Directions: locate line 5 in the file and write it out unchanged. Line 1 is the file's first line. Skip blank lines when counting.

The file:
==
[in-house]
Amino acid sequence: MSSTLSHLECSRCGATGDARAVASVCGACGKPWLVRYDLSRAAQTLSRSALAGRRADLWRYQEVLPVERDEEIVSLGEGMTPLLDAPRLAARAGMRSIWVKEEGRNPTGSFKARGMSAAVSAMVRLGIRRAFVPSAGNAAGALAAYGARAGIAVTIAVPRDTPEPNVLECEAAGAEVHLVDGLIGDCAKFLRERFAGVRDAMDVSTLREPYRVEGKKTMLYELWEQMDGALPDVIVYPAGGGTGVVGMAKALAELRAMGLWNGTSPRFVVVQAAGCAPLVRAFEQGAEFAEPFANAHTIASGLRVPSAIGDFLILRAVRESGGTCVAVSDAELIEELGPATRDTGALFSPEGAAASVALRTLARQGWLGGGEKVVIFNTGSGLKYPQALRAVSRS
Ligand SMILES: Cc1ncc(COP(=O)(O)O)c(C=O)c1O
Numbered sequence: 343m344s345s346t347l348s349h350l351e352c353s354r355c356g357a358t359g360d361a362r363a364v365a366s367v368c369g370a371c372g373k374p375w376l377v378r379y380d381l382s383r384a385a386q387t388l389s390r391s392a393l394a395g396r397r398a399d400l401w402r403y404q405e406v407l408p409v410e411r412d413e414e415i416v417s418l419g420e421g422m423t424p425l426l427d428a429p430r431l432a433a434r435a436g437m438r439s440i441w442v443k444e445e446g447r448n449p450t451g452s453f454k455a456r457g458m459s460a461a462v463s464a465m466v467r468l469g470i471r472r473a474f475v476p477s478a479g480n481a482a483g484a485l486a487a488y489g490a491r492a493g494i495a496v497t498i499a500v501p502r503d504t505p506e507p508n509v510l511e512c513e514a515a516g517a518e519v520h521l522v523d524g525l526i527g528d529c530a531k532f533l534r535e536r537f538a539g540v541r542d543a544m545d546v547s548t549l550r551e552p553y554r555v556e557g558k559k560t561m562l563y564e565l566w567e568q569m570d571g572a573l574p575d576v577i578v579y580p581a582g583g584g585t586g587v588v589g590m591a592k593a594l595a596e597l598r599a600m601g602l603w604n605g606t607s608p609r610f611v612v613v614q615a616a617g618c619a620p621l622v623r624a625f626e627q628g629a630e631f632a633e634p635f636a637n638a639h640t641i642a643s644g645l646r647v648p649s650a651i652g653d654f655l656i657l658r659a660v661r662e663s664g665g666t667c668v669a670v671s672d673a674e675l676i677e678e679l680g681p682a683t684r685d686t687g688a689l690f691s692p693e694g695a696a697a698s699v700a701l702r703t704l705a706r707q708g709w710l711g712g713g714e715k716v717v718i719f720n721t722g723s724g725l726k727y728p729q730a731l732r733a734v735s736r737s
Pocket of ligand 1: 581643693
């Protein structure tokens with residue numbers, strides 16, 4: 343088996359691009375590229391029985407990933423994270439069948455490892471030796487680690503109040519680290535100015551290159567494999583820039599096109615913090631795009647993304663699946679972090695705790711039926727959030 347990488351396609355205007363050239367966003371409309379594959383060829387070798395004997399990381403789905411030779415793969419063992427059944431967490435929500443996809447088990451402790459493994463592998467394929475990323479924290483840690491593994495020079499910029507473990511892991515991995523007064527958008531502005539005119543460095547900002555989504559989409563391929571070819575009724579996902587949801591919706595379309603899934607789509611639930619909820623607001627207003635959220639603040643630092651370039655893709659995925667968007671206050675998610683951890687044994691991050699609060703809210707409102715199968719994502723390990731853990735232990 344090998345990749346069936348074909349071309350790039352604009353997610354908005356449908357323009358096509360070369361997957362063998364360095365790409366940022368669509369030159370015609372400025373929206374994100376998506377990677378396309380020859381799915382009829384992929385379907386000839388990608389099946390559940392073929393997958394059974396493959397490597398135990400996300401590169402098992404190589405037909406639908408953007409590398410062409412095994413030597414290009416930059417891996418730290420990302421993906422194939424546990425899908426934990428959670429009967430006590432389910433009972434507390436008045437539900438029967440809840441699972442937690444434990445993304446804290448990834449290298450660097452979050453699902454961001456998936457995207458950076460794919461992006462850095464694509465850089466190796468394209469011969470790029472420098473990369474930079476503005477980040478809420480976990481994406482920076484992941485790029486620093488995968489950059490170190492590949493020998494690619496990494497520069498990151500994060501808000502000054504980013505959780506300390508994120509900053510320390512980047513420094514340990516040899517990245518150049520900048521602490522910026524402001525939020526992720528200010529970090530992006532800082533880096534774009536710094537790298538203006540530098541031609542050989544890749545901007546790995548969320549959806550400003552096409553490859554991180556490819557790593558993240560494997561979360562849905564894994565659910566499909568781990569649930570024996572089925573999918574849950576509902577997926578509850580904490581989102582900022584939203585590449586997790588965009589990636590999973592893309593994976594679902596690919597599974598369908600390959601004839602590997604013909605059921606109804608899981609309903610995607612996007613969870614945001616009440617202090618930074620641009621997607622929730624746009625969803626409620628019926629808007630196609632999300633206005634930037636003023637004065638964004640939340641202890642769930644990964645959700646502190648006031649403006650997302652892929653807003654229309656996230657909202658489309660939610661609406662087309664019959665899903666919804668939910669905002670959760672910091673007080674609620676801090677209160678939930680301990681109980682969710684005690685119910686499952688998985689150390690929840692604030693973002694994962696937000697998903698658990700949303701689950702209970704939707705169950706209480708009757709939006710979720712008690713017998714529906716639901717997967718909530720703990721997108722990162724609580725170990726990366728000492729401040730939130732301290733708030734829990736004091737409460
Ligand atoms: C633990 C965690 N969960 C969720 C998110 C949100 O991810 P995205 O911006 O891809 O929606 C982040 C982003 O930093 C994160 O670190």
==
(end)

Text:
Pocket of ligand 1: 581643693